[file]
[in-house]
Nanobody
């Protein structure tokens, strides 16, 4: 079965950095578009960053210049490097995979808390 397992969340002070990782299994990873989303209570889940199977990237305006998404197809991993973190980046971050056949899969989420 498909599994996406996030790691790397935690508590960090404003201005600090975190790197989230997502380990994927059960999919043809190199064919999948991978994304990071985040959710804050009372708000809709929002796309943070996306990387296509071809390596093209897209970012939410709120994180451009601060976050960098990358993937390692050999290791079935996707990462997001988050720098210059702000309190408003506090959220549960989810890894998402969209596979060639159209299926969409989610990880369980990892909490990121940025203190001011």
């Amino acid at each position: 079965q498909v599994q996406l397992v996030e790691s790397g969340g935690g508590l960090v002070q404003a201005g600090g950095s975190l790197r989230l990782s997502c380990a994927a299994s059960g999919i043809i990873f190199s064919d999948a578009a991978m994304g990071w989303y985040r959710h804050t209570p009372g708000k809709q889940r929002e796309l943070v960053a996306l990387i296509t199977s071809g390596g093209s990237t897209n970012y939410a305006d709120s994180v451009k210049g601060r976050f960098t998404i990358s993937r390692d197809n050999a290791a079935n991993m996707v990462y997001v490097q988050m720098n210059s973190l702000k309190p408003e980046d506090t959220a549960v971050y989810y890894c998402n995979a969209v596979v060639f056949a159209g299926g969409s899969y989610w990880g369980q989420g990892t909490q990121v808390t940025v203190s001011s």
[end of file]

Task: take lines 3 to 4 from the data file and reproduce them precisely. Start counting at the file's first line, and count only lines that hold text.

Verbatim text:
């Protein structure tokens, strides 16, 4: 079965950095578009960053210049490097995979808390 397992969340002070990782299994990873989303209570889940199977990237305006998404197809991993973190980046971050056949899969989420 498909599994996406996030790691790397935690508590960090404003201005600090975190790197989230997502380990994927059960999919043809190199064919999948991978994304990071985040959710804050009372708000809709929002796309943070996306990387296509071809390596093209897209970012939410709120994180451009601060976050960098990358993937390692050999290791079935996707990462997001988050720098210059702000309190408003506090959220549960989810890894998402969209596979060639159209299926969409989610990880369980990892909490990121940025203190001011």
């Amino acid at each position: 079965q498909v599994q996406l397992v996030e790691s790397g969340g935690g508590l960090v002070q404003a201005g600090g950095s975190l790197r989230l990782s997502c380990a994927a299994s059960g999919i043809i990873f190199s064919d999948a578009a991978m994304g990071w989303y985040r959710h804050t209570p009372g708000k809709q889940r929002e796309l943070v960053a996306l990387i296509t199977s071809g390596g093209s990237t897209n970012y939410a305006d709120s994180v451009k210049g601060r976050f960098t998404i990358s993937r390692d197809n050999a290791a079935n991993m996707v990462y997001v490097q988050m720098n210059s973190l702000k309190p408003e980046d506090t959220a549960v971050y989810y890894c998402n995979a969209v596979v060639f056949a159209g299926g969409s899969y989610w990880g369980q989420g990892t909490q990121v808390t940025v203190s001011s």